Fujitsu LifeBook FMV-U8240 ultra-mobile PC
Miniaturisation gone mad?
Given Japan's idiosyncratic personal data protection laws and a current obsession with privacy, these computers offer security against unauthorised access by including a fingerprint reader that can also replace password logins for OS or applications. The USB port can also be locked so that only devices approved by an administrator can be connected and used.
The FMV-U8240's right-hand side
As well as wired Ethernet, the FMV-U8240 sports a built-in Wi-Fi adapter, but I searched in vain for a Bluetooth function. Given that USB, CompactFlash and SD cards are all available, maybe this won't prove too much of a loss, but the ability to use a cellular phone as a modem via Bluetooth or to print wirelessly using built-in hardware seems a surprising omission. On the other hand, there are cellular and PHS adapters available, and public Wi-Fi access is becoming more prevalent in larger cities in Japan.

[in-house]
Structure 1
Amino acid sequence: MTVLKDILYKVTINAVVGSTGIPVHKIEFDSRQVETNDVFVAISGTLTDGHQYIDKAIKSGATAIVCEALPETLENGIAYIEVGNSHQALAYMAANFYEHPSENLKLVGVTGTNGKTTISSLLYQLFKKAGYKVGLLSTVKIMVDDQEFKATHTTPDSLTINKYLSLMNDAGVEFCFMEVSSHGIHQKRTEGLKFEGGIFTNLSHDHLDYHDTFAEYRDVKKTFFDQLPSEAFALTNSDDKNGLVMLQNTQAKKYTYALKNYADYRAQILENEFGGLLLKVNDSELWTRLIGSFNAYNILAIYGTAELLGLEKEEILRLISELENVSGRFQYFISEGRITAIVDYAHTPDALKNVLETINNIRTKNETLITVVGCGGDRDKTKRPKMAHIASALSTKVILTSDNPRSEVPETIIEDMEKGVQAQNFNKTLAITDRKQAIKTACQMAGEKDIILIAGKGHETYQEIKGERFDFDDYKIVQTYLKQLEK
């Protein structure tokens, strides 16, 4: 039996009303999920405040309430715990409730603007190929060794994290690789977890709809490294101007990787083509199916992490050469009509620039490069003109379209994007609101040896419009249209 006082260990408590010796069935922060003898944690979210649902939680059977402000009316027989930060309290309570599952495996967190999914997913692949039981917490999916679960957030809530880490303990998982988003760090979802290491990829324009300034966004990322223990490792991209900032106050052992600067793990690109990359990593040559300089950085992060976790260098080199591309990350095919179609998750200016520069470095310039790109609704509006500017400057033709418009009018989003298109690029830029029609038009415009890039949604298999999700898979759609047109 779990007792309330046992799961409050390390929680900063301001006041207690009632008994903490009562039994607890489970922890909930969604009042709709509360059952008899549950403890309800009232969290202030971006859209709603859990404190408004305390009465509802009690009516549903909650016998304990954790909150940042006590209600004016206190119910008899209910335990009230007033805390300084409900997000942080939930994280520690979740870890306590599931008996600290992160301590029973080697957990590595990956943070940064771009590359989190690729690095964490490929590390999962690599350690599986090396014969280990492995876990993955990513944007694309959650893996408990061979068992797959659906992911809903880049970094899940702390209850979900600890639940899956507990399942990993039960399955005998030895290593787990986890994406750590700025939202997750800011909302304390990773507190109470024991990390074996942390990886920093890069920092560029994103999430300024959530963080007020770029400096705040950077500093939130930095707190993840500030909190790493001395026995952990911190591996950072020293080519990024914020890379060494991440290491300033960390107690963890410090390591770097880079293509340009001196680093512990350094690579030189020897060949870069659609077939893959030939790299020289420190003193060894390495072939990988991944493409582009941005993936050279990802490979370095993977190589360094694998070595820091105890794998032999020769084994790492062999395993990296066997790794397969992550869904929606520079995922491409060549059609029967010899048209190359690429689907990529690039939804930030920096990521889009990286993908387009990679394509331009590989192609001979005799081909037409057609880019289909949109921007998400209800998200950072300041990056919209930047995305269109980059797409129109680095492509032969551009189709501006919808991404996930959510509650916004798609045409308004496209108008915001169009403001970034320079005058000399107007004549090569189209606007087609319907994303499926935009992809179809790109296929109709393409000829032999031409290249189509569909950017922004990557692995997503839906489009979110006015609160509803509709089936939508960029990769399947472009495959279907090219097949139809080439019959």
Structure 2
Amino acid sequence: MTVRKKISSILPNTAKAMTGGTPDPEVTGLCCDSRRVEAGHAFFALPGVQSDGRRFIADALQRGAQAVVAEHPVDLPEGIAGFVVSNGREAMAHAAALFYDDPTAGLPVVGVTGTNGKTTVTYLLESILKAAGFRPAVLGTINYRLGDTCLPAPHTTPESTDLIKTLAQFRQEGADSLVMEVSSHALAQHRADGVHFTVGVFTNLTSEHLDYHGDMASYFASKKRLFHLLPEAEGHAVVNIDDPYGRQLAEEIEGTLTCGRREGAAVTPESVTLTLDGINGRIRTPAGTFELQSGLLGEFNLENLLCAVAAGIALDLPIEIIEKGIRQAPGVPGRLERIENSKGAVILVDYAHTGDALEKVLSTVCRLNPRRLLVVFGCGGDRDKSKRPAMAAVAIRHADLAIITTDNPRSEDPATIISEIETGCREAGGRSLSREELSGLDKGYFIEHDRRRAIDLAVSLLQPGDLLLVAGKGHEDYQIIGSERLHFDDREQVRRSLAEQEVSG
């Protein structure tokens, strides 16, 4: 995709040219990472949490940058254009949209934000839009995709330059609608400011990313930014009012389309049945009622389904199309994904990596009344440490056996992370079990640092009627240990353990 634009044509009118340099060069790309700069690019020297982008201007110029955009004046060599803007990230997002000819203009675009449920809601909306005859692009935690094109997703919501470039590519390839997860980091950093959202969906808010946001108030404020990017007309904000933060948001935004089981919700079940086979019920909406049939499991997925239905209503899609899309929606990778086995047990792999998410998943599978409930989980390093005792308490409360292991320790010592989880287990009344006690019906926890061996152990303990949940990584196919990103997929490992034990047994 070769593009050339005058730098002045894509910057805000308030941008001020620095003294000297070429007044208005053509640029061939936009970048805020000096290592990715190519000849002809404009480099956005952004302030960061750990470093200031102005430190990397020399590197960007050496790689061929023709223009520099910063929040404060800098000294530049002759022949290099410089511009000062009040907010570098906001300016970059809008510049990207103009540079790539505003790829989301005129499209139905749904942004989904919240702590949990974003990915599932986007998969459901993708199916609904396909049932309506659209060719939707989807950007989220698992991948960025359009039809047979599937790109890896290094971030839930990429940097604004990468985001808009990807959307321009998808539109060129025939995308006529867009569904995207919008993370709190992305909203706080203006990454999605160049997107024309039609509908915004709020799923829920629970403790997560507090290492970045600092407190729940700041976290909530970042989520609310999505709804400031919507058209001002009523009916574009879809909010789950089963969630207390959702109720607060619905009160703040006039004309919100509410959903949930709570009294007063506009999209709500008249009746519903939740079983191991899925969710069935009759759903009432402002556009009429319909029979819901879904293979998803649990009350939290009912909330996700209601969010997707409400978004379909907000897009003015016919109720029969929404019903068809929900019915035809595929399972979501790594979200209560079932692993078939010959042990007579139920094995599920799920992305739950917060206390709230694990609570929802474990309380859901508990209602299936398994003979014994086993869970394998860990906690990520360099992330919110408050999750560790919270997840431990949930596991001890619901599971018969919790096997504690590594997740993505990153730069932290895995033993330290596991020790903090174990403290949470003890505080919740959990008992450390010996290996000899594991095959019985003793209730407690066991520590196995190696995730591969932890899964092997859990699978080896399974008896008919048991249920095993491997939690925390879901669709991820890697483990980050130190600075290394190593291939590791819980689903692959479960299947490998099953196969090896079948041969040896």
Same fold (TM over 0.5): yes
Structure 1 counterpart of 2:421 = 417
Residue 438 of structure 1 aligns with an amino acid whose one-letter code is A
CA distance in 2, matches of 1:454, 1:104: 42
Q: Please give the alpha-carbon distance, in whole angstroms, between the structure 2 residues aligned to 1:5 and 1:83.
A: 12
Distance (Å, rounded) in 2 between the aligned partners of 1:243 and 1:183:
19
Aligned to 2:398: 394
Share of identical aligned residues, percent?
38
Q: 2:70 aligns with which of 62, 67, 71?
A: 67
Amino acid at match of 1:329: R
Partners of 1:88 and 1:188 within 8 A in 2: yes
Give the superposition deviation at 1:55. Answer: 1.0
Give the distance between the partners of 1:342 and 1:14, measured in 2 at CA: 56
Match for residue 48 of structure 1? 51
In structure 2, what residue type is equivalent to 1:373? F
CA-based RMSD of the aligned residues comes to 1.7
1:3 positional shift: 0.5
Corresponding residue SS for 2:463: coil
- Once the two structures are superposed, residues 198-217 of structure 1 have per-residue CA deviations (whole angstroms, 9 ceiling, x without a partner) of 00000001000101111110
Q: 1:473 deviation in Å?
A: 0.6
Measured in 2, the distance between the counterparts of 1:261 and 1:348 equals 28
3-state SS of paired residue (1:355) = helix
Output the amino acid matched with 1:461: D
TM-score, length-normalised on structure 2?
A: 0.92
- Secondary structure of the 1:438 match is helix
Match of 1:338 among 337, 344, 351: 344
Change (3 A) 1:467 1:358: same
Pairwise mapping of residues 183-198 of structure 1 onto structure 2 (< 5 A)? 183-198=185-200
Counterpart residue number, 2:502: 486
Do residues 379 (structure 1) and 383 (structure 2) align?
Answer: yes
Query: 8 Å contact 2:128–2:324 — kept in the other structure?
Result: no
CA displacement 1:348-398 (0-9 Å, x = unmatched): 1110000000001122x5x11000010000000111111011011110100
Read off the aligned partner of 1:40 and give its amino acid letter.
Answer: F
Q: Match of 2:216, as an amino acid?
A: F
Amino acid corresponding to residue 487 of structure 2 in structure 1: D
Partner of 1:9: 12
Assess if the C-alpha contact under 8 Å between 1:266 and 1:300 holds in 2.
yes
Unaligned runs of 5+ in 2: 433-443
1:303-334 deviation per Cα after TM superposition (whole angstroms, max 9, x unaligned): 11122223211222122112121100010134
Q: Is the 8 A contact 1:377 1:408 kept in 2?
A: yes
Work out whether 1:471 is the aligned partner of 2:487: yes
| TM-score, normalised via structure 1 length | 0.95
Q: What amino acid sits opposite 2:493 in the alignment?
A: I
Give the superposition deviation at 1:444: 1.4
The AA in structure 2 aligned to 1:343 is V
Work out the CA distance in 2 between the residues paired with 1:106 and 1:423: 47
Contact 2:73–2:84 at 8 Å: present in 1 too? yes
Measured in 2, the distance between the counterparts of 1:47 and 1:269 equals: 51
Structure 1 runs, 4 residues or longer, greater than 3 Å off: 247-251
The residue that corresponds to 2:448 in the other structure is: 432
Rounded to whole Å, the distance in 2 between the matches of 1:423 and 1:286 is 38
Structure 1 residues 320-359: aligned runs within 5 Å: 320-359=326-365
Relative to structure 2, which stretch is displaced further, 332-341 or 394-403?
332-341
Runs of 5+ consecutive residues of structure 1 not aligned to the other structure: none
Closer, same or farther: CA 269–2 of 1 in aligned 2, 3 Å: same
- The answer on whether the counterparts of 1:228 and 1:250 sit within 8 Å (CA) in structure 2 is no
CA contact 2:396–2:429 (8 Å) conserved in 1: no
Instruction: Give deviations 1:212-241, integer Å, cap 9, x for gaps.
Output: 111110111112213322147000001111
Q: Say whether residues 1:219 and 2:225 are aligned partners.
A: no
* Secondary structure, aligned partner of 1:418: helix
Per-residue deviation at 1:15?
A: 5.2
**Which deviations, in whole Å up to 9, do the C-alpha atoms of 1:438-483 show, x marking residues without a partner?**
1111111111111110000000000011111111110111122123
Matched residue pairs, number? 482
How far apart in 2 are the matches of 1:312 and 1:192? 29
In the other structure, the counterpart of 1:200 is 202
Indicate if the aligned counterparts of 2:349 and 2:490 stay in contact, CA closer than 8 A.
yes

The FMV-U8240's left-hand side
Battery life is rated at about four hours of use, but an optional high-capacity battery can double that figure.
The chipset is Intel's Ultra Mobile Platform 2007 using the A110 processor clocked at a modest 800 MHz - though the slower clock speed does mean that the semi-rubberized non-slip case doesn't get too hot. A 20GB hard disk stores data, and ¥144,000 (just over £600) buys you the model with 512MB of memory and XP installed. For ¥164,000 (£685) you get a full gigabyte of RAM, and this is also the price for the Vista 1GB model.
Sponsored: Fast data protection ROI?